Three month check-up
On June 13, 2016, we released 50 Pacific pocket mice (PPM) into their new home in Laguna Coast Wilderness Park, California. This was the first reintroduction of these tiny mice back into the wild. We have been monitoring the population closely over the past several months, and we have now completed our last assessment of the year.
In September, we set out 237 live traps, and checked each trap two times a night (at 2330 and 0430) for three nights. We caught 11 PPM. All looked healthy, and were maintaining their weight. The most exciting piece of information we collected during this trap effort was that one female had signs of lactation indicating that she was nursing young. When animals are reintroduced back into the wild, the new population goes through different phases: settlement, establishment, growth and regulation. If we see reproduction, we are excited because it means that that the mice have settled, and the release population may be growing.
We remain cautiously optimistic that this release will be successful in establishing a 4th population. Though we captured only 11 out of 50 mice, there may be more out there. PPM can be trap shy so animals may be present on the site that may not be willing to go into our traps, and it is likely that some mice have already started to aestivate/hibernate. This period of relative inactivity for the mice most often begins late summer and is thought to be triggered by low food availability. During this time, PPM stay underground in their complex burrow systems and go in and out of torpor, waking up occasionally to eat from their caches. In the torpor state, they lower their body temperature, and metabolic rates to conserve energy.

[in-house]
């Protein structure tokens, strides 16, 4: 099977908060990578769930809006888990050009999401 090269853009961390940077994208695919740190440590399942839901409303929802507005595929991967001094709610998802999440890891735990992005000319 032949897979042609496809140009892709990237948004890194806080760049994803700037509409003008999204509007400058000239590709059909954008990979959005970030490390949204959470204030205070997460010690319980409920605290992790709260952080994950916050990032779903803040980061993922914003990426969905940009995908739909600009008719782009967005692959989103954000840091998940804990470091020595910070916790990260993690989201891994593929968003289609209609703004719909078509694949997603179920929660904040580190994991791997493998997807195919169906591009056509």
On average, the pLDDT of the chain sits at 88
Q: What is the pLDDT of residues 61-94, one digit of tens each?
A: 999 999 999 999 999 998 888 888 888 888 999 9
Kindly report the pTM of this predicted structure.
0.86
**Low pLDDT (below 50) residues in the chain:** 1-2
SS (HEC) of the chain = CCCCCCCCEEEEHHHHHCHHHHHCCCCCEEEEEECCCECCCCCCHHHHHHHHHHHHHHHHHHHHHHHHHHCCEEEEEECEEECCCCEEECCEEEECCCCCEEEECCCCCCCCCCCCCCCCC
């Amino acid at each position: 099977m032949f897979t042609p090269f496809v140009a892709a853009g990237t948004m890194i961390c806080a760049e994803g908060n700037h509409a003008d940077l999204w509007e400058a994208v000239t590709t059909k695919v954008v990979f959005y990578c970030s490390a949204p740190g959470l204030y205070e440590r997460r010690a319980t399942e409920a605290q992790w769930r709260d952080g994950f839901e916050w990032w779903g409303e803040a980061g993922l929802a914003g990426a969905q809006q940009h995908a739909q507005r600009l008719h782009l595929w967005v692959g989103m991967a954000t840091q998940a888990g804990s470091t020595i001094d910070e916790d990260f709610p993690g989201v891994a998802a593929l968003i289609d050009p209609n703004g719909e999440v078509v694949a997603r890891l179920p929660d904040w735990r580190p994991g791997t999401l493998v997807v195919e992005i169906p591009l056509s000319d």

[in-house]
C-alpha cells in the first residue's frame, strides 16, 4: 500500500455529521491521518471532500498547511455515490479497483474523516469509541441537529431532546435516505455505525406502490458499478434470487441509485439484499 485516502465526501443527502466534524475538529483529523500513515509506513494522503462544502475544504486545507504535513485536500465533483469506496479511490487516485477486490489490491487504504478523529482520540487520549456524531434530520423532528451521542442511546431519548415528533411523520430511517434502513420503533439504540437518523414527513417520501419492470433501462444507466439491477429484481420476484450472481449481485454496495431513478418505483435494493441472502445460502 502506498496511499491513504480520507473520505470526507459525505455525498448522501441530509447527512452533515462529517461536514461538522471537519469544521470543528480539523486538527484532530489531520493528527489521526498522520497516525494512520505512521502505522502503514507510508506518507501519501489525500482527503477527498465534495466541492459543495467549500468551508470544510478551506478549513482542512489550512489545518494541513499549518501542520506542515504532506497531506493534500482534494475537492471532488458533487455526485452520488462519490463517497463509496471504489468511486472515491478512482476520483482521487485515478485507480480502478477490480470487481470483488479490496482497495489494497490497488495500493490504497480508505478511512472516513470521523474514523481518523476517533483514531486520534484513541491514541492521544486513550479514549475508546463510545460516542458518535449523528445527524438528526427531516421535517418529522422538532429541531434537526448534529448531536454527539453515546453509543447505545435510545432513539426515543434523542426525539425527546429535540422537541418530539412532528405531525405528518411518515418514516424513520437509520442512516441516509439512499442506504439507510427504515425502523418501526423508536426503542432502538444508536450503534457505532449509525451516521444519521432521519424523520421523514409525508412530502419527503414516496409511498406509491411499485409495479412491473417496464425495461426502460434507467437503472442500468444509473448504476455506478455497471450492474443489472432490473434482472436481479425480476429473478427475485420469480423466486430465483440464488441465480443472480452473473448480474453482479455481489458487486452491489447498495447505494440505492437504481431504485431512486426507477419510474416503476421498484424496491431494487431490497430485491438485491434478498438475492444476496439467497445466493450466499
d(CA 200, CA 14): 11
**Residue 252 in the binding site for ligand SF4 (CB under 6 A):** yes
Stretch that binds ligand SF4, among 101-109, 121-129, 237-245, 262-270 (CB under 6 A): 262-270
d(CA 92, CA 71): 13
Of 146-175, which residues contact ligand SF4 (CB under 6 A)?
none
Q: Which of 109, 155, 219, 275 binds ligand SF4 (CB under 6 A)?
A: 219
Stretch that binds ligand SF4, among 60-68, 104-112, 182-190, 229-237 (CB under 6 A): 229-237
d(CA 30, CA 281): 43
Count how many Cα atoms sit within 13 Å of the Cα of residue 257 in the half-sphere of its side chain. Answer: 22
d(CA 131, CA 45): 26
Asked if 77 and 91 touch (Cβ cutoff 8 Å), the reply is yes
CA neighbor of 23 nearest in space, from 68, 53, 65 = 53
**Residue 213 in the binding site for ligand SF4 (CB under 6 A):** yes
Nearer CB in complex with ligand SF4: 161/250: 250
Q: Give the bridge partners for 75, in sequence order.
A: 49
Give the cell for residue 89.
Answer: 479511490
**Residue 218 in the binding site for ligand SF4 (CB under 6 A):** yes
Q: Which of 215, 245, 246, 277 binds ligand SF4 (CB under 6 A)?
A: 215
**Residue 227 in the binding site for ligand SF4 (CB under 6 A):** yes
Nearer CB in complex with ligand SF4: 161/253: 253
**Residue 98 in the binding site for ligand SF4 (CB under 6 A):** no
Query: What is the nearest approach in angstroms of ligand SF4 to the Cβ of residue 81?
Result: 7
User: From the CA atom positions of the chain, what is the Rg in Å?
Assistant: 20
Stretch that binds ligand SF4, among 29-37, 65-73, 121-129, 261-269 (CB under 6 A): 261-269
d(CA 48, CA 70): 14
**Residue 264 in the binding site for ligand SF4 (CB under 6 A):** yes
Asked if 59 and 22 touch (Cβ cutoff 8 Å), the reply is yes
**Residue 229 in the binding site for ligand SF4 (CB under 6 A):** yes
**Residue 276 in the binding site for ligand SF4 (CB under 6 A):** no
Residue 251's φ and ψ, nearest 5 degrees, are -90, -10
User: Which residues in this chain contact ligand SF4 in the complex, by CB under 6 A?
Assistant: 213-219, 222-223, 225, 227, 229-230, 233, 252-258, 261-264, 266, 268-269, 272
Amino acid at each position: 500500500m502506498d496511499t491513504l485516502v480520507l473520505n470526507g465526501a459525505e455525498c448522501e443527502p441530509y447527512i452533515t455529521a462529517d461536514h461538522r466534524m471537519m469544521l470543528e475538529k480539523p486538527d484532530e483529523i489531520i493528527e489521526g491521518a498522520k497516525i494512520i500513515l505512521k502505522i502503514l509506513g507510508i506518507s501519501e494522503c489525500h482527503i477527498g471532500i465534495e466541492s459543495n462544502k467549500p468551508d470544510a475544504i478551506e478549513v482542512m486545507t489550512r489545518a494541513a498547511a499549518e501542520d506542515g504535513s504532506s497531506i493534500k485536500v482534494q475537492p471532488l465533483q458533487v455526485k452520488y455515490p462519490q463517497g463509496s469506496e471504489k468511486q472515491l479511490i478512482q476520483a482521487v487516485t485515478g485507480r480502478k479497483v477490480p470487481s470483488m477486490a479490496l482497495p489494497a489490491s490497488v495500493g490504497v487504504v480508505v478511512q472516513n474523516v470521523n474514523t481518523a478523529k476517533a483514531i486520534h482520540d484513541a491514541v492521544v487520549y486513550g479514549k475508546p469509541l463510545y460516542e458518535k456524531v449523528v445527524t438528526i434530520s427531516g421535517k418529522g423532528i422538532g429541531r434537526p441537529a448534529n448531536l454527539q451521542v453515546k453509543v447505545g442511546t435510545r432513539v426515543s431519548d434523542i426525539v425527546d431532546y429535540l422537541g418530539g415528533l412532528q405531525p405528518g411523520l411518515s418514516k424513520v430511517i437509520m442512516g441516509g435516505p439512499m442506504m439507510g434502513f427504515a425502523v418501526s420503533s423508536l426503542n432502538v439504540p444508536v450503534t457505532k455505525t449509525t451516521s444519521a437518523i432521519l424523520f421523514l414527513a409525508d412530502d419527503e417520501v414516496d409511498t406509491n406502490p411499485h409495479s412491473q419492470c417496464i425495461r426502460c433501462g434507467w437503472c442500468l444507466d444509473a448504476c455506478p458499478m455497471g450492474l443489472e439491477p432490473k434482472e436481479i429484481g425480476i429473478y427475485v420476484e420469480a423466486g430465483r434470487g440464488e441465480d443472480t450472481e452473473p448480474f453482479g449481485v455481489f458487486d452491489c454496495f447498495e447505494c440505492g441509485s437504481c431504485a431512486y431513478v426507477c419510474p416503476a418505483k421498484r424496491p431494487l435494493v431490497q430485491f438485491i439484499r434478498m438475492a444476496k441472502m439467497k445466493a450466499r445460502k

For now, it is a waiting game while the mice sleep. We will trap in the spring of 2017 to determine overwinter survivorship, and again in July to monitor reproductive output. If we determine the PPM numbers are low, we will likely supplement the population with more animals from the conservation breeding facility.
We are in our early stages of the PPM reintroduction to their historic range, and we will not know the outcome of our efforts for quite some time, but we are thrilled with how well they are doing so far.
Reintroductions are challenging physically, emotionally, and financially, but in the case of the PPM, it is necessary in order to bring the mice back from the brink of extinction.